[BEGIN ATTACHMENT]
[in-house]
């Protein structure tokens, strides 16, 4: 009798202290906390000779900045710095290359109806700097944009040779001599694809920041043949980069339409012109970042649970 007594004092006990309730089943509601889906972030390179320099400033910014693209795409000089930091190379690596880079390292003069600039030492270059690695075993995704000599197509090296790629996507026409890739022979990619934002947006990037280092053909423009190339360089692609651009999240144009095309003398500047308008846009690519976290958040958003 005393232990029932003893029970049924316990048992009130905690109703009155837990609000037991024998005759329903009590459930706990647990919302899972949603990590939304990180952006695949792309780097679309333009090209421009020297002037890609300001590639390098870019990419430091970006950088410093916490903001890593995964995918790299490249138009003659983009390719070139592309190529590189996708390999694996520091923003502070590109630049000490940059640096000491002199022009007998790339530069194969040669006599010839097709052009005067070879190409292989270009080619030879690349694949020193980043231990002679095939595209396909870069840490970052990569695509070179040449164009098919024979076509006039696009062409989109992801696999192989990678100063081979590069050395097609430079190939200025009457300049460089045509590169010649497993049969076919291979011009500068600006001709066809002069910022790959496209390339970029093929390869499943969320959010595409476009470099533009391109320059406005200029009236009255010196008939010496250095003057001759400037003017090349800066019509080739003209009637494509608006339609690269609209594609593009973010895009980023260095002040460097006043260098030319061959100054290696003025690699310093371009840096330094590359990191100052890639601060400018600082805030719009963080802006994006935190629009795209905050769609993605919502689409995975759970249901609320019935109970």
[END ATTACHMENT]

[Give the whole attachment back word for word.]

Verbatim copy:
[in-house]
């Protein structure tokens, strides 16, 4: 009798202290906390000779900045710095290359109806700097944009040779001599694809920041043949980069339409012109970042649970 007594004092006990309730089943509601889906972030390179320099400033910014693209795409000089930091190379690596880079390292003069600039030492270059690695075993995704000599197509090296790629996507026409890739022979990619934002947006990037280092053909423009190339360089692609651009999240144009095309003398500047308008846009690519976290958040958003 005393232990029932003893029970049924316990048992009130905690109703009155837990609000037991024998005759329903009590459930706990647990919302899972949603990590939304990180952006695949792309780097679309333009090209421009020297002037890609300001590639390098870019990419430091970006950088410093916490903001890593995964995918790299490249138009003659983009390719070139592309190529590189996708390999694996520091923003502070590109630049000490940059640096000491002199022009007998790339530069194969040669006599010839097709052009005067070879190409292989270009080619030879690349694949020193980043231990002679095939595209396909870069840490970052990569695509070179040449164009098919024979076509006039696009062409989109992801696999192989990678100063081979590069050395097609430079190939200025009457300049460089045509590169010649497993049969076919291979011009500068600006001709066809002069910022790959496209390339970029093929390869499943969320959010595409476009470099533009391109320059406005200029009236009255010196008939010496250095003057001759400037003017090349800066019509080739003209009637494509608006339609690269609209594609593009973010895009980023260095002040460097006043260098030319061959100054290696003025690699310093371009840096330094590359990191100052890639601060400018600082805030719009963080802006994006935190629009795209905050769609993605919502689409995975759970249901609320019935109970």